Rebalancing research and teaching in universities

Too many higher education institutions prioritize research over teaching, especially the more prestigious research-intensive universities. Yet the goal of a university should be a balanced combination of knowledge creation and education. Below are four viable approaches for universities to rebalance efforts towards research and teaching, improving the quality of both:

1. Recognition of teaching through explicit institutional benchmarks

Larger structural incentives in higher education focus on outstanding research, which means teaching is too often seen as an afterthought. While research is globally celebrated through highly visible awards and initiatives, recognition of teaching is generally confined to individual institutions. And while teaching quality is discussed as a matter of formality, its inclusion in academic goals and official documents often takes the form of easy, generic slogans that mean very little.

It is essential to agree on defined measures to define high quality teaching within and between institutions. Teaching excellence should be broken down with explicit and concrete benchmarks, accompanied by detailed illustrations and examples, to support the professional development of staff. Setting clear goals allows performance and quality of teaching to be monitored and evaluated, which will appeal institutions focused on metrics and auditing. It helps to solve the difficulties of benchmarking teaching across disciplines, subjects and teaching styles, especially when students have diverse needs and qualities.

2. Prioritization of teaching in promotion and tenure

Academics are not always clear about what their institutions expect of them in terms of teaching and learning outcomes. Teaching and learning is usually mentioned in recruitment and promotion criteria, but under the guise of a low-key activity that complements research, which does nothing to break the myth that teaching is less important. It sends a message to busy academics that teaching should not be a priority. JEach quality needs to be emphasized much more in tenure and promotion opportunities for academics. Clear incentives will increase the motivation of academics to focus on teaching efforts.

3. Transformation of reward systems and practices

Teaching is further pushed to the margins by the awarding of grants and research funding by accrediting bodies and governments, which pressure academics to maintain top research marks or risk losing against their competitors. Publication pressure encourages academics to minimize teaching in order to focus on publishing more articles or research papers that build their profiles and careers.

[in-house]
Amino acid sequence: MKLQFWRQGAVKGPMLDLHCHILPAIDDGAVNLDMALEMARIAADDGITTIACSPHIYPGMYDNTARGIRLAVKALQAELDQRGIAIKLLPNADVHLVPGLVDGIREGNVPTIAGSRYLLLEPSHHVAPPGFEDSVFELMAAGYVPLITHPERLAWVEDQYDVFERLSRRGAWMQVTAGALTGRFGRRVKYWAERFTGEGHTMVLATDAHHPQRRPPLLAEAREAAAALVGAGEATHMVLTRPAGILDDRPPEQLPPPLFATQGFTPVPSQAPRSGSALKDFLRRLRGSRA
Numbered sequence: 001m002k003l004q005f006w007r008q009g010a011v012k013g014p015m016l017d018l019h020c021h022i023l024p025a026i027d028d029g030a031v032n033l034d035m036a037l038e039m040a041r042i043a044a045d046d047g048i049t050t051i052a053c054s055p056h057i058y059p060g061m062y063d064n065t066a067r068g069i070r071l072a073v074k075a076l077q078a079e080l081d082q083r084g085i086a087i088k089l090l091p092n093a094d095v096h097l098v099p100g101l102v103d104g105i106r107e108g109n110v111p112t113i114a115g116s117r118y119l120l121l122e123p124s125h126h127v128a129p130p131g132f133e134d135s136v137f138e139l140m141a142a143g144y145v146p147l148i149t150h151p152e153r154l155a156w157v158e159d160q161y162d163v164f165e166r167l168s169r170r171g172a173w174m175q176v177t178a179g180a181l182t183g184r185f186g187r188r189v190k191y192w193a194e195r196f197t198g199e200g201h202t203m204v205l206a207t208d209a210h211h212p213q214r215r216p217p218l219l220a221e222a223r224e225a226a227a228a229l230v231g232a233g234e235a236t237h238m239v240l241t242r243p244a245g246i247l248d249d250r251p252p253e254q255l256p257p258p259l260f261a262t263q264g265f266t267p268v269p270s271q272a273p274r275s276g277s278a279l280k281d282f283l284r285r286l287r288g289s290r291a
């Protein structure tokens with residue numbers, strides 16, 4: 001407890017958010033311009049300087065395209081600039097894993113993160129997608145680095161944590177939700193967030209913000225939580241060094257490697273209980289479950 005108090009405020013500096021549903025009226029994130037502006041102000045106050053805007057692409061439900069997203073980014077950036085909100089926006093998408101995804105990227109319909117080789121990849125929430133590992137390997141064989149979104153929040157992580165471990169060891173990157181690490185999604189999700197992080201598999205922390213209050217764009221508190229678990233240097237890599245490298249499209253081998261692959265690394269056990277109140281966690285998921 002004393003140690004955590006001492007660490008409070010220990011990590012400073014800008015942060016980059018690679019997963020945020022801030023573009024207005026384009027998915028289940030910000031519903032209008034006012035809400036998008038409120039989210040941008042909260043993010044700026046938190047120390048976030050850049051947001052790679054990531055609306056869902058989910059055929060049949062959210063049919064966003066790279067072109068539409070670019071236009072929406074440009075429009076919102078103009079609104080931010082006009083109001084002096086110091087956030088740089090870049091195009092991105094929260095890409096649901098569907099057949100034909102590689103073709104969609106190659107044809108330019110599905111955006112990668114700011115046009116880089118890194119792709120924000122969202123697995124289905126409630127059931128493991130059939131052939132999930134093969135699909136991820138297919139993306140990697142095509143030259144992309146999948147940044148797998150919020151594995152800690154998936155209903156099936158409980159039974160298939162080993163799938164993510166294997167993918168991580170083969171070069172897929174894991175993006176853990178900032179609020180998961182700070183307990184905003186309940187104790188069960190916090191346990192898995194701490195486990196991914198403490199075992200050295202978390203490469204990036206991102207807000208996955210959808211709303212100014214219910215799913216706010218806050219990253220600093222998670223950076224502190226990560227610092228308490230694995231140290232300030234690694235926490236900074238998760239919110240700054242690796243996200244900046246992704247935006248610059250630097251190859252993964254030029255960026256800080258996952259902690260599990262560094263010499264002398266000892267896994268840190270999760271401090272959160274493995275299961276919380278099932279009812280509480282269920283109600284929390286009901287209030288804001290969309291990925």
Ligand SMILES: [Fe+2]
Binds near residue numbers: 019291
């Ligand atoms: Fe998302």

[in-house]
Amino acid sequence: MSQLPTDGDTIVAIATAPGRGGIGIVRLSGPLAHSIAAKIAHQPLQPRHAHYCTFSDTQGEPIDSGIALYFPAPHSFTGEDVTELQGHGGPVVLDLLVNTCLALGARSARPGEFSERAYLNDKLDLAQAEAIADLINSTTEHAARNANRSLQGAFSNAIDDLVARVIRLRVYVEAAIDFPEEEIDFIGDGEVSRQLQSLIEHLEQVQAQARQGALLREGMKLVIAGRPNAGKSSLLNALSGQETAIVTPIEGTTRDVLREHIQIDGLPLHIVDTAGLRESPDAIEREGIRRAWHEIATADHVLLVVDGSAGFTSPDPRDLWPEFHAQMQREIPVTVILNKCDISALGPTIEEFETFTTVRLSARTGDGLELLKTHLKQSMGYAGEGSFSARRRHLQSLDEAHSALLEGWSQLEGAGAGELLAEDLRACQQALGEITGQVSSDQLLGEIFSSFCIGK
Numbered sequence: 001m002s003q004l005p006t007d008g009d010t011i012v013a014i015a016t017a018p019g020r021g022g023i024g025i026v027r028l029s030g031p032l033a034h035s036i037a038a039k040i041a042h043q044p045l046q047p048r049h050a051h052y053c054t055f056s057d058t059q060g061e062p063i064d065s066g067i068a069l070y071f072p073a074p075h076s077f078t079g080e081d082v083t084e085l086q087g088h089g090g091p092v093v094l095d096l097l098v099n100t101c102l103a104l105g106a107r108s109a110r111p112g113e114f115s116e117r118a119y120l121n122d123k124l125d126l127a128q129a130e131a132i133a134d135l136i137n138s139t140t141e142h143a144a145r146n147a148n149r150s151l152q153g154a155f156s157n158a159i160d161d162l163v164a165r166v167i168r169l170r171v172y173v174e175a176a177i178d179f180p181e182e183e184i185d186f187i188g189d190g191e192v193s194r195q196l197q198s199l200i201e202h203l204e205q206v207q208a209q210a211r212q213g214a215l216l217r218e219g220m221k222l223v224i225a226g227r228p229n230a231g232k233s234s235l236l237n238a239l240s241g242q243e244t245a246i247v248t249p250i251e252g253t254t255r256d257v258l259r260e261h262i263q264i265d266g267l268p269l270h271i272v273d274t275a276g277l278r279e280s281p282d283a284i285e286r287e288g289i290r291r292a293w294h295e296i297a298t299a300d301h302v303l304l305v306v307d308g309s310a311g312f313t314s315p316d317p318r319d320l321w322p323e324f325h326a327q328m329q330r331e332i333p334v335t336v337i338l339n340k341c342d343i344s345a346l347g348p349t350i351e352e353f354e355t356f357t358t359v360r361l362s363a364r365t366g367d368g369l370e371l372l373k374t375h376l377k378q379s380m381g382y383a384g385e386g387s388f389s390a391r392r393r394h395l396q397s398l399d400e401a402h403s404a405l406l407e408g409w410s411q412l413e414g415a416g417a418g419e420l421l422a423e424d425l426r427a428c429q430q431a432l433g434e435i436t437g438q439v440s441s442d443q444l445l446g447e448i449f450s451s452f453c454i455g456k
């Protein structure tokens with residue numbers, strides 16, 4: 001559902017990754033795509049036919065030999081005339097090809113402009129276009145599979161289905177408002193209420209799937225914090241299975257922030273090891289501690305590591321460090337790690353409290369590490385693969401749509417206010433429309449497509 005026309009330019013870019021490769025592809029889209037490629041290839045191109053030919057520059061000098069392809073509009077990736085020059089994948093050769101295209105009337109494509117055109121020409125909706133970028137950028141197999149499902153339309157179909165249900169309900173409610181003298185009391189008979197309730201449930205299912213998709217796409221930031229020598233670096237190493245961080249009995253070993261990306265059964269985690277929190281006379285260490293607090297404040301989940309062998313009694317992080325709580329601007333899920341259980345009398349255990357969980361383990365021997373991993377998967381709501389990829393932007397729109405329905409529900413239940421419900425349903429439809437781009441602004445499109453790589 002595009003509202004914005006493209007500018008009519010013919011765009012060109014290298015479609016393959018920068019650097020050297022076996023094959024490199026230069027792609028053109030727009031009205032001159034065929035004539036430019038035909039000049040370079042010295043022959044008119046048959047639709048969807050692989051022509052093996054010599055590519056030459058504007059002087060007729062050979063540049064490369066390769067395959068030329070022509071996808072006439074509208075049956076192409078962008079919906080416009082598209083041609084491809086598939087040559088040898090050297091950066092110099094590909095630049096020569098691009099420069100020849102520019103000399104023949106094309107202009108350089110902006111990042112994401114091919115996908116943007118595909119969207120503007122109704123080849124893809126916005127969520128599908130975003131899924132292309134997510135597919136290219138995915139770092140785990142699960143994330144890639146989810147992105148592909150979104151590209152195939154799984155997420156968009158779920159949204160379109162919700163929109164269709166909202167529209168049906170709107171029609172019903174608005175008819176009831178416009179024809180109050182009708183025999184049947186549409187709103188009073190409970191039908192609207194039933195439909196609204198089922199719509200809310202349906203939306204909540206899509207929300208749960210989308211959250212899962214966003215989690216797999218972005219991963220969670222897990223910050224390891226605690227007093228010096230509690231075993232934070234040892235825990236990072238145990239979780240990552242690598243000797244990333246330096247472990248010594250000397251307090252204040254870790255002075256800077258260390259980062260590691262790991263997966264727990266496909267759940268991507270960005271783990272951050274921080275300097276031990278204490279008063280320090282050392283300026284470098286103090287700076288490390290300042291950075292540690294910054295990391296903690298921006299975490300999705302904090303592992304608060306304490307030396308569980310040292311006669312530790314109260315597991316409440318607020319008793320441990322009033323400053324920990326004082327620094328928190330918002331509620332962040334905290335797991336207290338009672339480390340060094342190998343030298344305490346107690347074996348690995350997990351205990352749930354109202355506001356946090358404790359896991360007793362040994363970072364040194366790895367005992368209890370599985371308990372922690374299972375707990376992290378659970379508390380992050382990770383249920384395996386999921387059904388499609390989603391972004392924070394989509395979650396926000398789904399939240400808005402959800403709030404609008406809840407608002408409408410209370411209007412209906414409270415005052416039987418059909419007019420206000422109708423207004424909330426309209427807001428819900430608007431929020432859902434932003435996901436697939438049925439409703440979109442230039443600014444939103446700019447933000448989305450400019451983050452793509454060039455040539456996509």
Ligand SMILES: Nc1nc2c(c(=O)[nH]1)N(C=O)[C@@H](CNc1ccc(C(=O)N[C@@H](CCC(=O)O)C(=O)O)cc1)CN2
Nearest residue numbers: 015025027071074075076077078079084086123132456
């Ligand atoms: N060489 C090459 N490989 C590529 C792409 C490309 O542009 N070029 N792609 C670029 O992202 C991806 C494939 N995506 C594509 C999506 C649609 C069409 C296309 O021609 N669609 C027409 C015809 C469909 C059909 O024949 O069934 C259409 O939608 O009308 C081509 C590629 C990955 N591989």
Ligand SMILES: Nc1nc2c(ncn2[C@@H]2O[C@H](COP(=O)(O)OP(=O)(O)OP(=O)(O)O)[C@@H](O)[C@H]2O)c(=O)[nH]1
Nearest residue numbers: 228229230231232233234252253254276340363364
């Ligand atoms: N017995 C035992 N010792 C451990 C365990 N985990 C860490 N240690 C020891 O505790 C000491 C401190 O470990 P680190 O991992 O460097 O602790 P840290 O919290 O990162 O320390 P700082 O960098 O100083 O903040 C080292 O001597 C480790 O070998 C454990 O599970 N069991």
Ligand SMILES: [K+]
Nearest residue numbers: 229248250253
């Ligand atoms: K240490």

Research assessments and funding applications generally require scholars to demonstrate an original and significant contribution of their projects to knowledge. Funding is primarily based on research results and not on learning outcomes. Existing reward systems should take steps to recognize effective integration of teaching and research, and scholars should be better rewarded if their teaching is shown to be research-based or research-led.

4. Encourage the seamless integration of teaching and research

Academics should be further encouraged to link their teaching and research efforts. When applying for positions within universities, they should be invited to show how their research impacts their teaching delivery, curriculum development and other forms of engagement. This shifts the focus from research output as a marker of success to the research process and how scholars engage with it in all aspects of their work, even if they are not constantly publishing.

Institutions should make more of an effort to evaluate scholars based on the holistic range of activities they perform on a daily basis within the university, rather than using preconceived standards such as research parameters for the oversight and accountability. This would allow academics to focus on the quality of day-to-day work – be it teaching, research, supervision, managing diversity and inclusion initiatives or anything else – rather than static numbers on a checklist. This, in turn, facilitates potential synergies between teaching and research, giving scholars the space to find effective ways to link their work. Academics who successfully integrate teaching and research should be rewarded and presented as exemplary practitioners contributing to the improvement of institutional practices.

Teaching and research both work to share objective of increasing, exploiting and defending knowledge. Therefore, we need to rethink our priorities to break down long-standing cleavage between these two pillars of Higher Education.

Adrian Man-Ho Lam is a course tutor who researches and teaches the interdisciplinary core curriculum at the University of Hong Kong.

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